Aging in Tech

My birthday is coming up in November, and just today I was clicking through one of those web sites that says “45 discounts seniors can enjoy”.  I’ve been doing “computing” in one form or another since I was about 10 years old, and I’m about to be 53.  If I can do the math, that’s been a very long time.  Looking back on my earlier years, I recognize a cocky genius of a software engineering talent (if I do say so myself).  In more recent years, it hasn’t been about an ability to sling code hard and fast, but rather reflecting upon years of developing various kinds of systems to come up with non-obvious solutions faster than I would have otherwise.

Aging in tech typically means sliding slowly into a management position, slowly losing your tech chops, and mostly riding herd over the young guns that are coming up through the ranks.  I’ve taken a slightly different path over the past few years.  I did manage the cats who created some very interesting tech for Microsoft: XML, LINQ, ACS/Service Bus, Application Gateway, but more recently I found myself writing actual code myself, while inventing new ways to hire for diversity (http:/aka.ms/leapit).  It is this latter initiative that I find very fascinating and invigorating as I age in tech.

The premise of the LEAP program is that ‘tech’ broadly speaking, has advanced enough in terms of complexity, that some things are now easier to achieve than they might have been 10 – 15 years ago.  The kinds of “programming” that we’re doing is changing.  Whereas 15 years ago, having the skills to debug windows kernel was a great thing to look for, today, being able to do a mash up with they myriad web frameworks that are available is most interesting.  Knowing R or machine learning tools is increasingly important.  Those kernel debug skills, not so much.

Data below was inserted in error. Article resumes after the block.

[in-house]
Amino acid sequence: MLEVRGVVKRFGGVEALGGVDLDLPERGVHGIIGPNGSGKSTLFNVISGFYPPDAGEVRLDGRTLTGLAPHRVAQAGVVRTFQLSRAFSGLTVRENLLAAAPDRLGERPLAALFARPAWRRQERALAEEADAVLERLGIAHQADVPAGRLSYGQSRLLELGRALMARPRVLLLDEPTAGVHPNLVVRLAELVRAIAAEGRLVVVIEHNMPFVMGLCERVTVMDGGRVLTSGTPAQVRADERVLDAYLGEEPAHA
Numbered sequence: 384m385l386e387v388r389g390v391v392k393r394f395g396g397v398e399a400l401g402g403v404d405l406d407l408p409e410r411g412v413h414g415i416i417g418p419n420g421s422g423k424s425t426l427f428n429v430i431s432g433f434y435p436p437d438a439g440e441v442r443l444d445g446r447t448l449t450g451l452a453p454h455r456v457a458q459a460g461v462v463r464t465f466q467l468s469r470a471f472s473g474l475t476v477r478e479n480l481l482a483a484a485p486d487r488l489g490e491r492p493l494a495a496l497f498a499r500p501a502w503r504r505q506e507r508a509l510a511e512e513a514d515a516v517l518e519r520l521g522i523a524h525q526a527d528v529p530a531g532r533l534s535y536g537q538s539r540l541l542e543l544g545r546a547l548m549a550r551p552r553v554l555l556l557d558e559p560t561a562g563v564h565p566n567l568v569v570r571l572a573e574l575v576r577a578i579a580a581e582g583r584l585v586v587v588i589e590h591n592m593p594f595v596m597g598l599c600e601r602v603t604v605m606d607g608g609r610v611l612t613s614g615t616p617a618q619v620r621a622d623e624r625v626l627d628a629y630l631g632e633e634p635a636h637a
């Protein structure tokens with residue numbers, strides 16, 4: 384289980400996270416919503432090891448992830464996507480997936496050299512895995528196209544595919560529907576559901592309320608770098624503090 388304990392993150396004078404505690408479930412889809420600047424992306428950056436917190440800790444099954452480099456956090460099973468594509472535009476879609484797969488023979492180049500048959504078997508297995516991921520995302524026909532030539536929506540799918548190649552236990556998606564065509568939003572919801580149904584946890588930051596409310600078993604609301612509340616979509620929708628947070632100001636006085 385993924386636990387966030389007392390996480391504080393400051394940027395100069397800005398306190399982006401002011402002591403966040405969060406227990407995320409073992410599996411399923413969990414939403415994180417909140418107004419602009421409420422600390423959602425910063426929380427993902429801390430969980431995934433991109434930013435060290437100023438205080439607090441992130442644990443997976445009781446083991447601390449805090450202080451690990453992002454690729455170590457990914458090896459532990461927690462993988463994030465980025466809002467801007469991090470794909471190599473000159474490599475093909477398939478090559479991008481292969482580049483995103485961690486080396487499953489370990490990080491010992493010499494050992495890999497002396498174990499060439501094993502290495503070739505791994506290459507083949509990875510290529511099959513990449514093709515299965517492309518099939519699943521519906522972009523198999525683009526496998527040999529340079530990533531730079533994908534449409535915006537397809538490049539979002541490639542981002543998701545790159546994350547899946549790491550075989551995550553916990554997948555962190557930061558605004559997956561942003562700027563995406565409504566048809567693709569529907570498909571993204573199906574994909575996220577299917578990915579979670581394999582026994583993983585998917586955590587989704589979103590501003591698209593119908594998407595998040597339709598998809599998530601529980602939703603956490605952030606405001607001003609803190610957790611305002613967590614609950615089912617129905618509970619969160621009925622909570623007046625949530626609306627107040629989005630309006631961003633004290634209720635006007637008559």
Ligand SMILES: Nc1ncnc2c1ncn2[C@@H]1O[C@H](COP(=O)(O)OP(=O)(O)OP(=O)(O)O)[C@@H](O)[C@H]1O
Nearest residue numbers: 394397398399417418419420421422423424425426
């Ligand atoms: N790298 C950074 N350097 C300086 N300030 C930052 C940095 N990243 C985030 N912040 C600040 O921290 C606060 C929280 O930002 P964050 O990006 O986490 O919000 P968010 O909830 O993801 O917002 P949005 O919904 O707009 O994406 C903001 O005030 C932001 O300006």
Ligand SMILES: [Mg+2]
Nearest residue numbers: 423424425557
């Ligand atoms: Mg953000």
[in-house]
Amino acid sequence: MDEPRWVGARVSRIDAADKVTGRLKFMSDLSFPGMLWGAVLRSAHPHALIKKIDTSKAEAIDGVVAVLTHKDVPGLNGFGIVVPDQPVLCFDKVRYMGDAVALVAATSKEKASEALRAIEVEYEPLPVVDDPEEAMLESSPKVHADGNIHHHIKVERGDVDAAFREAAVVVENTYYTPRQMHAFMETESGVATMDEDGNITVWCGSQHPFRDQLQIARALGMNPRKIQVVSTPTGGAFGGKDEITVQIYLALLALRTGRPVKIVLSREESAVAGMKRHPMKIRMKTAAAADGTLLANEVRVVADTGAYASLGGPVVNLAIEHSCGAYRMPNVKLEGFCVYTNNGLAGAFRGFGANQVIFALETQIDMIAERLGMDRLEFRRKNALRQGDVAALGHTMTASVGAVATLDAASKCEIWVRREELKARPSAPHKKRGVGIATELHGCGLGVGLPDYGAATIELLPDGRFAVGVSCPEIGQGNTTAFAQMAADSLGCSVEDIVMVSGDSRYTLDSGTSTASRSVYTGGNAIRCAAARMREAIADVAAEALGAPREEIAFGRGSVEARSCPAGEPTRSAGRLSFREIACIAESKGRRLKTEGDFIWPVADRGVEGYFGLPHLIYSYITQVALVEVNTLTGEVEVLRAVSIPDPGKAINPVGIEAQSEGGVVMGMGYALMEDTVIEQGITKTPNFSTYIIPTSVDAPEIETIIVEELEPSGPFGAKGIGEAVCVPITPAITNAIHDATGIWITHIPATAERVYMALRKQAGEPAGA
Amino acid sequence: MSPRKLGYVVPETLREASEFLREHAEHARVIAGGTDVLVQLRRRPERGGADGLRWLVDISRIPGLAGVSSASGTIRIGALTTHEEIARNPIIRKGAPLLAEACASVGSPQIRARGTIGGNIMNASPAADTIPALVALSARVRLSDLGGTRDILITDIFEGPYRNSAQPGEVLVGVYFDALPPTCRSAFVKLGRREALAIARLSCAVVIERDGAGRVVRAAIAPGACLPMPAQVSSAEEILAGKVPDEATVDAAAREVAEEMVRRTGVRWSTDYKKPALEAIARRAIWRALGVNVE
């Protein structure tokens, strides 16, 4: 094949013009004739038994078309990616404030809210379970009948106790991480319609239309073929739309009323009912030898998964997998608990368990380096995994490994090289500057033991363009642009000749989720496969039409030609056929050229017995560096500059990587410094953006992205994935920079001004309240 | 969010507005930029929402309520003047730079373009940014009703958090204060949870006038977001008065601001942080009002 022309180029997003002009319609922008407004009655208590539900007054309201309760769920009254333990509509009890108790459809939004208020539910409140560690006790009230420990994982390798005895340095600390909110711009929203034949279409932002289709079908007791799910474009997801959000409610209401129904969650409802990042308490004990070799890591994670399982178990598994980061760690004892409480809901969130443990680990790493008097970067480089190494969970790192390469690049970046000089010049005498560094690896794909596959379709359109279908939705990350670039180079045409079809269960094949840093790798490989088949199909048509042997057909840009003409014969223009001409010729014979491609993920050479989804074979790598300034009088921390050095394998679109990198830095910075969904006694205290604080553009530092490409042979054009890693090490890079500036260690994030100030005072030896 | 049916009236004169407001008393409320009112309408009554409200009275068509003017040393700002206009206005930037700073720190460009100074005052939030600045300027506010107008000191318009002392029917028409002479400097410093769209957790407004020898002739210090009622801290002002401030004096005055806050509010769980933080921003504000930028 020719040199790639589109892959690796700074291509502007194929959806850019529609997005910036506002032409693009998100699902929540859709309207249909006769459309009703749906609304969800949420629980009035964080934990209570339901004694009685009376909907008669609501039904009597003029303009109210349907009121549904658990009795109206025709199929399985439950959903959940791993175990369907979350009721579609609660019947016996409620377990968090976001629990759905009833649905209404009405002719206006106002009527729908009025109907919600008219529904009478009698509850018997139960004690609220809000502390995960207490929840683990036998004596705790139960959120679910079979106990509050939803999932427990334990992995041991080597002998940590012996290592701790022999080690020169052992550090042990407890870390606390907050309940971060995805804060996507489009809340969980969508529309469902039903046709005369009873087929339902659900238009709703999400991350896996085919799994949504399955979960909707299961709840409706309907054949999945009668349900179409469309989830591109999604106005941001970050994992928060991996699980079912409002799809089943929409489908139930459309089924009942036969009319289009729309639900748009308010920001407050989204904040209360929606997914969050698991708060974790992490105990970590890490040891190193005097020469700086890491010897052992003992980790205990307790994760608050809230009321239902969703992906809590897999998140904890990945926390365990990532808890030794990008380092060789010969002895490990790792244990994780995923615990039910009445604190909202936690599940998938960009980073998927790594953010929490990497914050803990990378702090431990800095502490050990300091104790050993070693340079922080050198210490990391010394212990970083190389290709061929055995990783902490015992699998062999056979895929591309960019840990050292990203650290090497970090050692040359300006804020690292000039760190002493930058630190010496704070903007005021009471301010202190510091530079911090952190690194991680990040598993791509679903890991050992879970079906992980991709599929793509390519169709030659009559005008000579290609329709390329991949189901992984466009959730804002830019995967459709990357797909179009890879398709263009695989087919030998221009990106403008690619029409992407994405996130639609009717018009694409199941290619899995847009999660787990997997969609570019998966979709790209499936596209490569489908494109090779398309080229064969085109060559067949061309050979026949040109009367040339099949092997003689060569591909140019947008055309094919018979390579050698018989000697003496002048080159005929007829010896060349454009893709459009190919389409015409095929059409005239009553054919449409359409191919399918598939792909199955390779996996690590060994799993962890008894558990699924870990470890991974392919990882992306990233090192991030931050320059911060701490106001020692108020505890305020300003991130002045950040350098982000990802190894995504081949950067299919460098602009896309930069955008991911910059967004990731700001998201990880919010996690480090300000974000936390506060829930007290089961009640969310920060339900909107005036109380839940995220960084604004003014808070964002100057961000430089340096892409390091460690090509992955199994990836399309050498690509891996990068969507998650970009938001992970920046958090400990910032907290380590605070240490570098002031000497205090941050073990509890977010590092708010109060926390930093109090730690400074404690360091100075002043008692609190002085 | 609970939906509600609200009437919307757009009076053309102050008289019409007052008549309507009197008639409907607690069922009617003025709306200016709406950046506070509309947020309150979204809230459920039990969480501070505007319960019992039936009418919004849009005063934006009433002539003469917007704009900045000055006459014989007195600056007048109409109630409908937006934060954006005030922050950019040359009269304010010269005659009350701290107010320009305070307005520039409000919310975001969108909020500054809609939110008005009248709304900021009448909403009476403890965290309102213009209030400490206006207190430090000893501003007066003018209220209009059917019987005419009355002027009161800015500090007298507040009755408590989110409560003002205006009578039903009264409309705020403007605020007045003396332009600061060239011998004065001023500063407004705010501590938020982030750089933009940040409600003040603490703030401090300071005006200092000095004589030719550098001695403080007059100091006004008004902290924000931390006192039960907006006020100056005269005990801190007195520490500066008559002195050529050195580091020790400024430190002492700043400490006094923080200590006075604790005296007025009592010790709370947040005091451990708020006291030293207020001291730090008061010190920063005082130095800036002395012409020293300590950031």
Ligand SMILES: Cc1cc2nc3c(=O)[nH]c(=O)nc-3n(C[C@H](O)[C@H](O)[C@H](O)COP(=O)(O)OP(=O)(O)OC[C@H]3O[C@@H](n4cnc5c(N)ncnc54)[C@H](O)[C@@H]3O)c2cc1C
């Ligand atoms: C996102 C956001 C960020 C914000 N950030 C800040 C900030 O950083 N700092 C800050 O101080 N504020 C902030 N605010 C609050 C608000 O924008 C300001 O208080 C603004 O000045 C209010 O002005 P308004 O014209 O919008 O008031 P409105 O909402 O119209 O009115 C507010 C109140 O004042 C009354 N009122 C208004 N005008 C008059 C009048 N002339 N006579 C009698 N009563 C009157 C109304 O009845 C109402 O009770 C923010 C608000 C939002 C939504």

But still, there’s need for old codgers to apply themselves in ever creative ways.  I look out onto the tech landscape, and I see myriad opportunities.  I see the continent of Africa sitting there, daring us to capture it and harvest the energy and greatness that awaits.  I see urban environments across the US, who are all consumers of tech, and can be turned into creators of tech just as easily.  I see AI applications that can be applied to our ever burgeoning populations of elder folks, robots, AI, automation of various forms.  As an older technologist, rather than going softly into that good night, lamenting the loss of my lightning quick programming skills, I see opportunity to leverage what I’ve learned over the years to identity opportunities, and marshal teams of engineers to go after them, adding guidance and experience where necessary, but otherwise just getting out of the way so the energetic engineers can do their thing.

I may or may not be able to pass a typical tech interview screen these days, but I’m more concerned with changing how we interview for tech roles in the first place.  I’m more likely to identify how to incorporate the views of youth, the elderly, the farmer, the street performer, into the evolution of tech offerings to make their lives better.  I’m more likely to, without fear, create a tech start up with a clear purpose, and the financial support necessary to see it through its early rounds.

Aging in tech can be a harrowing experience.  In some cases we age out of certain roles, but with some foresight and thoughtfulness, we leverage our years of experience to do ever greatly impacting things, while avoiding merely being surpassed by our up and coming peers.

So, as I age in tech, I’m looking forward to the discounts that are coming when I reach 55.  I’m looking forward to the seniors menu at Denny’s.  I’m looking forward to being able to think of anything I can imagine, and actually turn it into something that is helpful to society.

Aging in tech is something that happens to everyone, from the first line of code you write, to the last breath you take.  I’ve thoroughly enjoyed the journey thus far, and am looking forward to many more years to come.

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